That's fine, but when it comes time to create some customer segmentation models (or whatever) the data scientist they hire is going to need to know how to get the raw data. Questions become: how do I write code to talk to this API? How do I download 6 months of data, normalize it (if needed) and store it in a database? Those questions flow over into: how do I set up a hosted database with a cloud provider? What happens if I can't use the COPY command to load in huge CSV files? How do I tee up 5 TB of data so that I can extract from it what I need to do the modeling? Then you start looking at BigQuery or Hadoop or Kafka or NiFi or Flink and you drown for a while in the Apache ecosystem.
If you take a job at a place that has those needs, be prepared to spend months or even up to a year to set up processes that allow you to access the data you need for modeling without going through a painful 75 step process each time.
Case in point: I recently worked on a project where the raw data came to me in 1500 different Excel workbooks, each of which had 2-7 worksheets. All of the data was in 25-30 different schemas, in Arabic, and the Arabic was encoded with different codepages, depending on whether it came from Jordan, Lebanon, Turkey, or Syria. My engagement was to do modeling with the data and, as is par for the course, it was an expectation that I would get the data organized. Well - to be more straightforward, the team with the data did not even know that the source format would present a problem. There were ~7500 worksheets, all riddled with spelling errors and the type of things that happen when humans interact with Excel: added/deleted columns, blank rows with ID numbers, comments, different date formats, PII scattered everywhere, etc.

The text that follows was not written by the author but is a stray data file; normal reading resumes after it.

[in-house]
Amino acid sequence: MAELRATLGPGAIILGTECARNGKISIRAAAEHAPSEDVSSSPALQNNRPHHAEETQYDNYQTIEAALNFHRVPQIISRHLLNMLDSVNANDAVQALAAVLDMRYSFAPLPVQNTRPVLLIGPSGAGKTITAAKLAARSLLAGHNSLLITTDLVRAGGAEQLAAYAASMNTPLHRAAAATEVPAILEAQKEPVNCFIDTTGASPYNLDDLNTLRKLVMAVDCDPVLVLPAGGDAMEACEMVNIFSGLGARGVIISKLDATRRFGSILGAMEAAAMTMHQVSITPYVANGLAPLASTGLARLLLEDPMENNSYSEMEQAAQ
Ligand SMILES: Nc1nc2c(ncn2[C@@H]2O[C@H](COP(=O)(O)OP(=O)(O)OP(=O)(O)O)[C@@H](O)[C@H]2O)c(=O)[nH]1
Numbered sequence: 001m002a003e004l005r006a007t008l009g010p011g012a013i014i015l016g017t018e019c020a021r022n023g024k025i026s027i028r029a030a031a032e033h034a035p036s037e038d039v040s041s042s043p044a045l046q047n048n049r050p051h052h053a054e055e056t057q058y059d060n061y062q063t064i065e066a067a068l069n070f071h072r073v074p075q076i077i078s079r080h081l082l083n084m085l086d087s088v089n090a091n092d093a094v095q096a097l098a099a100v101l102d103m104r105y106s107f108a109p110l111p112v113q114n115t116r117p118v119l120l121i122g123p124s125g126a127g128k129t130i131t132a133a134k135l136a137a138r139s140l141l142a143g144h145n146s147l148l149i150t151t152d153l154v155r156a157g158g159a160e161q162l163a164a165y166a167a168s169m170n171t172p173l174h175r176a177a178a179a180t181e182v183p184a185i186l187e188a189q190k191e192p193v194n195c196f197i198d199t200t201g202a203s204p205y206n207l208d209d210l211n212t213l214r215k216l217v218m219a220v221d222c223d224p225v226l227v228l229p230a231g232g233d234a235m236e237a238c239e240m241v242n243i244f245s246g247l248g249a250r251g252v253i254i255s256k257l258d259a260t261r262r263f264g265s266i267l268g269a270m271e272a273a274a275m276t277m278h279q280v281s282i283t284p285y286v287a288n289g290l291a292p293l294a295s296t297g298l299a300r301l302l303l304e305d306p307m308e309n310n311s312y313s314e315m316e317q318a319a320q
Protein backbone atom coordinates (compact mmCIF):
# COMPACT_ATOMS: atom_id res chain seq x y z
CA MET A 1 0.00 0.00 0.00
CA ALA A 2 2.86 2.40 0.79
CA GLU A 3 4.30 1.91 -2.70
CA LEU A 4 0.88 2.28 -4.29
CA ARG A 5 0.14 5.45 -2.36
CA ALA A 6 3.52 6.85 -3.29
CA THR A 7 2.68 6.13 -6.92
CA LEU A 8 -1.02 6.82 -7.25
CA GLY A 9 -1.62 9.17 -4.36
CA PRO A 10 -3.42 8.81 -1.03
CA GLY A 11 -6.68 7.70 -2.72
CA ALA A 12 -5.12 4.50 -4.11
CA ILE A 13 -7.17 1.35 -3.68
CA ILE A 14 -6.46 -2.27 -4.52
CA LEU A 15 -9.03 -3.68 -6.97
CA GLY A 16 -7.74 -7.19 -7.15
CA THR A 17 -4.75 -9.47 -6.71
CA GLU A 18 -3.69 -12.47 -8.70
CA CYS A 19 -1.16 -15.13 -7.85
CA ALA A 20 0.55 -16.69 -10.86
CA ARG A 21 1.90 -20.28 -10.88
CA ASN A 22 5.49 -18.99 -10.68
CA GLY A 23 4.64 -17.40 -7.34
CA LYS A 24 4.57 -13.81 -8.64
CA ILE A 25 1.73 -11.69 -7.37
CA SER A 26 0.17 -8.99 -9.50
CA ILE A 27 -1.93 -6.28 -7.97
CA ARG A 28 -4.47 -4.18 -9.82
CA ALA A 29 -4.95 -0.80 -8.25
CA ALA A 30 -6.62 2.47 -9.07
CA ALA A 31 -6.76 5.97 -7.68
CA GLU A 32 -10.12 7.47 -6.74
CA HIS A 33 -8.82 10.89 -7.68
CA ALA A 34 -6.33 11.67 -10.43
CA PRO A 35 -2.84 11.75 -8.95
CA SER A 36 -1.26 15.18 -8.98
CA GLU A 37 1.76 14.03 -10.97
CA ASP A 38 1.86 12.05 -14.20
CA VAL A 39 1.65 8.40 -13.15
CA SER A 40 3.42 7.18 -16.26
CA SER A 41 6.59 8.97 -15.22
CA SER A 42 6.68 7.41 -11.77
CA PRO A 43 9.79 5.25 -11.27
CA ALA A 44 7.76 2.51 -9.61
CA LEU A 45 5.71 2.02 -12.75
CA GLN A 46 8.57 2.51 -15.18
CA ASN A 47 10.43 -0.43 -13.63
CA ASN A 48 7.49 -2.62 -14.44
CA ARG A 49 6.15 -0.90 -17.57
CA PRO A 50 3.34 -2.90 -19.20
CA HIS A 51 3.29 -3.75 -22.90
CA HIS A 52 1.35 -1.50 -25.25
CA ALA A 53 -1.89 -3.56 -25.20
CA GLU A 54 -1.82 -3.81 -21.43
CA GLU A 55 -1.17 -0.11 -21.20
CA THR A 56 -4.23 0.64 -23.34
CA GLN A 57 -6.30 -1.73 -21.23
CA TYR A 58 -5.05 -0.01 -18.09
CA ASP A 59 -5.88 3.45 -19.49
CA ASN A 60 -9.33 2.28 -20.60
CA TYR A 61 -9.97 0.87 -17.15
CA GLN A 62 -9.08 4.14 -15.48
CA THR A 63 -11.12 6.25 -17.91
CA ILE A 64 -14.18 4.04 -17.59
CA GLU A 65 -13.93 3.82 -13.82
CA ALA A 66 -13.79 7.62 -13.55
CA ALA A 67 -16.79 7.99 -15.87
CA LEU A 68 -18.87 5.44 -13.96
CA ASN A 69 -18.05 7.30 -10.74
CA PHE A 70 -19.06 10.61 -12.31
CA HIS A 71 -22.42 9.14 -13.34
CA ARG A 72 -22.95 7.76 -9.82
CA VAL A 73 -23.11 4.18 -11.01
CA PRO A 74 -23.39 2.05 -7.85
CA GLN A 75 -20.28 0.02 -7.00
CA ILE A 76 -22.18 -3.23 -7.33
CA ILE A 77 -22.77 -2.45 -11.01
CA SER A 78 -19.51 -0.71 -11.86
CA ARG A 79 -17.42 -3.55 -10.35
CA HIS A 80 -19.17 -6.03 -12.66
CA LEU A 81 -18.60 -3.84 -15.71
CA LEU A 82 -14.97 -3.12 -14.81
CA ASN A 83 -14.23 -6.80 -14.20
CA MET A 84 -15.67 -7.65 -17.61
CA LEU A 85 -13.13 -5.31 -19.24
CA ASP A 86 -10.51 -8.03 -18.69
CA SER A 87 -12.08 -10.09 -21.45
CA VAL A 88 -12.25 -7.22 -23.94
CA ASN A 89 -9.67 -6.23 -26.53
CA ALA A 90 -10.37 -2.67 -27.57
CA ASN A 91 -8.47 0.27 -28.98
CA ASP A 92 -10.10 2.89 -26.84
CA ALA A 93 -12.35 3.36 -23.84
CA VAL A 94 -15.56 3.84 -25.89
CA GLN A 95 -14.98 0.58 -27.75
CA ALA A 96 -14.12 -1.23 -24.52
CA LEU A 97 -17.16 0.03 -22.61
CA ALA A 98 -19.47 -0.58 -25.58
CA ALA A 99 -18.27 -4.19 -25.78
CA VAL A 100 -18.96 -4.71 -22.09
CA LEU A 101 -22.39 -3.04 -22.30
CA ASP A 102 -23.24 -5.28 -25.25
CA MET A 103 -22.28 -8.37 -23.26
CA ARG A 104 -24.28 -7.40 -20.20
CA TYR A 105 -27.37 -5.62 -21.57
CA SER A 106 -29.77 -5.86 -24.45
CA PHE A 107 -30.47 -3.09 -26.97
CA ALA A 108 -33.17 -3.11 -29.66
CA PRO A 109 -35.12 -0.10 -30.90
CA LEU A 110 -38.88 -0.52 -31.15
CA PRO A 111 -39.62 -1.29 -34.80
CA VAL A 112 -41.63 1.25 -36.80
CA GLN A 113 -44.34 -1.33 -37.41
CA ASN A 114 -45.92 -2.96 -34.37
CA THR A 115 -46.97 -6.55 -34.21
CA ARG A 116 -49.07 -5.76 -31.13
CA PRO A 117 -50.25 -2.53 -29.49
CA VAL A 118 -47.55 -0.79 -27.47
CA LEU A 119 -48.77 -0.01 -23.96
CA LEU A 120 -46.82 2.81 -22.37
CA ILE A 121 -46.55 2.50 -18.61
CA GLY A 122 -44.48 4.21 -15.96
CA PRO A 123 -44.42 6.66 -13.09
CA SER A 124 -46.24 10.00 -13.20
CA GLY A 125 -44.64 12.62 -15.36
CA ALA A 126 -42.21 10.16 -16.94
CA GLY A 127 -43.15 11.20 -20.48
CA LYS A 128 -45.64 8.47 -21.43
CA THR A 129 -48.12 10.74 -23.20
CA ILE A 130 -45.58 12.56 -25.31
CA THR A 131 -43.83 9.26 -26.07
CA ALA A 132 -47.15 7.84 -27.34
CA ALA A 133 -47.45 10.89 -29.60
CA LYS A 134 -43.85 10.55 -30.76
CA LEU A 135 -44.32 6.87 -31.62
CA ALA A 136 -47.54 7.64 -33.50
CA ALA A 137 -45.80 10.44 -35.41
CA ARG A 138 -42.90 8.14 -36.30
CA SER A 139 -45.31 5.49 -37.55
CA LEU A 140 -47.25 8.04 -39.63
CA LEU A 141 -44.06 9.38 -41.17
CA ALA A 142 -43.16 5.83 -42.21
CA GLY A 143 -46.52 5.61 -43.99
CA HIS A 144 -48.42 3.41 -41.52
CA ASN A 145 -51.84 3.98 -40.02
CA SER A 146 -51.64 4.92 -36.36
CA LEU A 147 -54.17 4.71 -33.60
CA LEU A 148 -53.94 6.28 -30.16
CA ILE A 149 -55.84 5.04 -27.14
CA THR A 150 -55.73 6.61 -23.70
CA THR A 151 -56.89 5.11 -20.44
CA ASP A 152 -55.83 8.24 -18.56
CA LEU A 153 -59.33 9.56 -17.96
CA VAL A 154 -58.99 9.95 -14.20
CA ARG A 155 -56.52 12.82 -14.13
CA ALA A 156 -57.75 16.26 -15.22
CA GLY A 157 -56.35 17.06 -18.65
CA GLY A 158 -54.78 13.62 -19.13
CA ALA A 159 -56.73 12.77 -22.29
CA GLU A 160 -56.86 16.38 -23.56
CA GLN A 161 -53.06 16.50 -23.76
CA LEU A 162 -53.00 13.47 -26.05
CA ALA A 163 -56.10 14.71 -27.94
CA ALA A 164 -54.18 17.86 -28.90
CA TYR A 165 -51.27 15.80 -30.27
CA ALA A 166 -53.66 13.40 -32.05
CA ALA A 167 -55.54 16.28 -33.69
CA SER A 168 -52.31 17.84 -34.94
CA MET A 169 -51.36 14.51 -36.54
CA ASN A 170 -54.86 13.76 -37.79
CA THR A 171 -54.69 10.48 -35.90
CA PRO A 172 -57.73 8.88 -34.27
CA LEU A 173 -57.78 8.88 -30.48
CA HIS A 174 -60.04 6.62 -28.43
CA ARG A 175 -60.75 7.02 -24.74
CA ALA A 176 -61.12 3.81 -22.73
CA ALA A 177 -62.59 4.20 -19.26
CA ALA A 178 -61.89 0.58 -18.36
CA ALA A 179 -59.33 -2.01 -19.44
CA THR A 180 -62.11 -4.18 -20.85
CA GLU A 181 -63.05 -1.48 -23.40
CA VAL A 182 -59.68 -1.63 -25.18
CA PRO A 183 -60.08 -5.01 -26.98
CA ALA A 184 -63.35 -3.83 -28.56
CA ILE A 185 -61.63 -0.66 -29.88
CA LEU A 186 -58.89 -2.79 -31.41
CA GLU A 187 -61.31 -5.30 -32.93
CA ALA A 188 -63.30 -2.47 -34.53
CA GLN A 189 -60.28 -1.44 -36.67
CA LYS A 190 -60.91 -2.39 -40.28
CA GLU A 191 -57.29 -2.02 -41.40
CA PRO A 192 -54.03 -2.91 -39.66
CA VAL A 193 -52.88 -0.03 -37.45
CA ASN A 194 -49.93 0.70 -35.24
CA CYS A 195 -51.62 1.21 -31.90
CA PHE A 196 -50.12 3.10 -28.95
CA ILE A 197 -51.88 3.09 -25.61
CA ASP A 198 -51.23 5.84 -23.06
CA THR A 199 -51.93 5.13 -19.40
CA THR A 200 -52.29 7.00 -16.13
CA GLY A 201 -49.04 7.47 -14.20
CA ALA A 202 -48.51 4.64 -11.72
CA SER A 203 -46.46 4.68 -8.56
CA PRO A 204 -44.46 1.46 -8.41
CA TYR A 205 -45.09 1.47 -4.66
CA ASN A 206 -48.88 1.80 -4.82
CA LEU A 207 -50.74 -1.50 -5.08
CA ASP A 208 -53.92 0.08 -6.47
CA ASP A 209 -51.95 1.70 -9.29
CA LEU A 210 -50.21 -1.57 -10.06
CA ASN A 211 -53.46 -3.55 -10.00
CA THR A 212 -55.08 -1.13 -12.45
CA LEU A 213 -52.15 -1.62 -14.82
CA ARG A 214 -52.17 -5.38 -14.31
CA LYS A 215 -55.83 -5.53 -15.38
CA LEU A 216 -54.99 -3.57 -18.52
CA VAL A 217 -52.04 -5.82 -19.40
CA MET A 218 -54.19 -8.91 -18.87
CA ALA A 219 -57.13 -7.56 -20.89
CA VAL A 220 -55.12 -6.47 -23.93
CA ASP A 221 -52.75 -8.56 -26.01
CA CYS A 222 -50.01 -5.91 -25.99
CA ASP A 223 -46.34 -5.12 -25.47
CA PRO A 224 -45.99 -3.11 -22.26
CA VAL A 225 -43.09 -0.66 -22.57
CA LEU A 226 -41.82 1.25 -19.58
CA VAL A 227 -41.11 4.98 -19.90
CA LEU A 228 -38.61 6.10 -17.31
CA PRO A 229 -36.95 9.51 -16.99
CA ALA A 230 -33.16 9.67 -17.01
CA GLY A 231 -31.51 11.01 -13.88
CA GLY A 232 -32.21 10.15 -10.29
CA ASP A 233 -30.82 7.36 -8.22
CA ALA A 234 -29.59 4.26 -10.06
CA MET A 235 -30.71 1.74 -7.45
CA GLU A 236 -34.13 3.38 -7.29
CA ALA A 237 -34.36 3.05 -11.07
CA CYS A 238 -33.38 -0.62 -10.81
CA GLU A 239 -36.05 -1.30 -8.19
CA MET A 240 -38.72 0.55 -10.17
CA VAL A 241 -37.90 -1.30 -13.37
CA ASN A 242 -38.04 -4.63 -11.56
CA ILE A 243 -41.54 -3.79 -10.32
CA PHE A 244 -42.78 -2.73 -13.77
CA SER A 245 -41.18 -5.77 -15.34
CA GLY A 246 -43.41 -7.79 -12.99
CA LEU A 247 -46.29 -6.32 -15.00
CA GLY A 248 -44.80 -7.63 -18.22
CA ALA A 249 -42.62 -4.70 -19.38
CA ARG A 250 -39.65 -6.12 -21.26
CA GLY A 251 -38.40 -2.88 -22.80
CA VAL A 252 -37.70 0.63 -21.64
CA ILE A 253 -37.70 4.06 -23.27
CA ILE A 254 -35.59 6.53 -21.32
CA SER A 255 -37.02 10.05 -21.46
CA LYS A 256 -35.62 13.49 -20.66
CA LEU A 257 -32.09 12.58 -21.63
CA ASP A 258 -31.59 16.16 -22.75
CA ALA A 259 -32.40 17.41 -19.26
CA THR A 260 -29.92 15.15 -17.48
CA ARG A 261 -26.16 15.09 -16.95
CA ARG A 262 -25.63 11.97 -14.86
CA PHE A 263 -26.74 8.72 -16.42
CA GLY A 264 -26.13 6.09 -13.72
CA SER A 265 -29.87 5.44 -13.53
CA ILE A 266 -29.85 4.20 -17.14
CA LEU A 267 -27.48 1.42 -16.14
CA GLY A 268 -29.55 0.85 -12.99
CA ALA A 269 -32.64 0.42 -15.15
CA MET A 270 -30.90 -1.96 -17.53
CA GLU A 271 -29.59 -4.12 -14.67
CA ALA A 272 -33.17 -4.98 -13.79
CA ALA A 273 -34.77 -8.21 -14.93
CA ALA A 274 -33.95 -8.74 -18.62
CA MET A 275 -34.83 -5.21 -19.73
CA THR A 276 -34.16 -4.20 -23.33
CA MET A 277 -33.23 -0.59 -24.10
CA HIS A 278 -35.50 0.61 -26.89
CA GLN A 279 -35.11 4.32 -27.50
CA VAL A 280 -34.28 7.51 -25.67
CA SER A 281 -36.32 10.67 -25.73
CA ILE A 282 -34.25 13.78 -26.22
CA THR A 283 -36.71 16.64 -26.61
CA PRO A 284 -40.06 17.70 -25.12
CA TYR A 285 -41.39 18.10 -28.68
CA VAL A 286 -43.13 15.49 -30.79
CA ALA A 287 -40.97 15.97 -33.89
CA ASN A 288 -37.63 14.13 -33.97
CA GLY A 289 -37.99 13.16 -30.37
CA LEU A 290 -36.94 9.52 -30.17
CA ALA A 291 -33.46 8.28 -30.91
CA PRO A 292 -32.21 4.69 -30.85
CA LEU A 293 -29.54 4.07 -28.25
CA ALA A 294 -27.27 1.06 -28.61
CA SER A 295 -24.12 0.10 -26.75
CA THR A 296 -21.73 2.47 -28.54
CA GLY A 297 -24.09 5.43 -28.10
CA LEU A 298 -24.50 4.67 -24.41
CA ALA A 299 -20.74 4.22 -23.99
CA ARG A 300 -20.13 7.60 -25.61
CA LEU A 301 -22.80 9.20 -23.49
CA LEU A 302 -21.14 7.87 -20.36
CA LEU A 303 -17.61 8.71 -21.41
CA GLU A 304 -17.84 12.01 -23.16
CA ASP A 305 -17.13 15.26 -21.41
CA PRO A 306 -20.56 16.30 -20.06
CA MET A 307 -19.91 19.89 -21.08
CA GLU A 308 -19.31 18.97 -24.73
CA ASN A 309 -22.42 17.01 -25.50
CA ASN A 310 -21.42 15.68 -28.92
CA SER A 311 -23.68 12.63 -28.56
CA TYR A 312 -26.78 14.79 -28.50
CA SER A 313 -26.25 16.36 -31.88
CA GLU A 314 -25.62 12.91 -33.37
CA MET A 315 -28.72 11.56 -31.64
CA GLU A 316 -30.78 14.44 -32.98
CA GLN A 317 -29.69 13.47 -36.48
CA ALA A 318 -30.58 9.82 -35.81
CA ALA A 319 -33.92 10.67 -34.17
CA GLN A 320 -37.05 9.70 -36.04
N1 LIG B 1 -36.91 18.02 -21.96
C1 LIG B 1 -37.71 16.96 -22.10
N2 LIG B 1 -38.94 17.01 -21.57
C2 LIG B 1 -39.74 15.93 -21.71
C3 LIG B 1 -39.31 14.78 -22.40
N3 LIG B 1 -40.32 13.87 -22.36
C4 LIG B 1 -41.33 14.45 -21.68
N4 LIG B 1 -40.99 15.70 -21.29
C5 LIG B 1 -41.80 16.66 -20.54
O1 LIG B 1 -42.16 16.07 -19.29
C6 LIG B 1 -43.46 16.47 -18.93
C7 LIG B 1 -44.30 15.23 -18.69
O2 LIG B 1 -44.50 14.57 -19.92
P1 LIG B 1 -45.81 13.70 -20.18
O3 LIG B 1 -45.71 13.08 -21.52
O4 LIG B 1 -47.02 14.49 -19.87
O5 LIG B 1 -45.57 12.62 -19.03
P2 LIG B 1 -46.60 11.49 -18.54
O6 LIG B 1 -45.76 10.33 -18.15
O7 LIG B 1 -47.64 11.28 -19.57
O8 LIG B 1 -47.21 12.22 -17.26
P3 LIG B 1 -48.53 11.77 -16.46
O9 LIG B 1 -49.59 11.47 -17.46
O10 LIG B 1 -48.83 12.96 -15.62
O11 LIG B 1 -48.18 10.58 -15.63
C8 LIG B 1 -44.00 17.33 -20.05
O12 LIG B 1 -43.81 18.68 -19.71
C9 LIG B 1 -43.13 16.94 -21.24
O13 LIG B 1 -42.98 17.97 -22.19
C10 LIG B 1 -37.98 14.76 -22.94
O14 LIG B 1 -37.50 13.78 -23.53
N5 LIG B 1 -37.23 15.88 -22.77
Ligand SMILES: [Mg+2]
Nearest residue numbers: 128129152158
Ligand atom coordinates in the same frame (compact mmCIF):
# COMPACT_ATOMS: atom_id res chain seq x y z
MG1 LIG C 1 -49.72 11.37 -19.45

A data scientist's toolkit needs to be flexible. If you have in mind that you want to do financial modeling with an airline or a bank, then you probably can focus on the mathematics and forget the data wrangling. If you want the flexibility to move around, you're going to have to learn both. The only way to really learn data wrangling is through experience, though, since almost every project is fundamentally different. From that perspective, having a rock solid understanding of some key backend technologies is important. You'll need to know Postgres (or some SQL database) up and down; how to install, configure, deploy, secure, access, query, tweak, delete, etc. You really need to know a very flexible programming language that comes with a lot of libraries for working with data of all formats. My choice there was Python. Not only do you need to know the language well, you need to know the common libraries you can use for wrangling data quickly and then also for modeling.
IMO, job descriptions for "Data Scientist" positions cover too broad of a range, often because the people hiring have just heard that they need to hire one. Think about where you want to work and/or the type of business. Is it established? New? Do they have a history of modeling? Are you their first "Data Scientist?" All of these questions will help you determine where to focus first with your skill development.
Also - your model of asking questions before starting a new gig is very relevant to nearly every programming job. Could also be some of the questions a candidate asks in an interview.
Have you ever needed any Microsoft skills(MSSQL/C#) so far?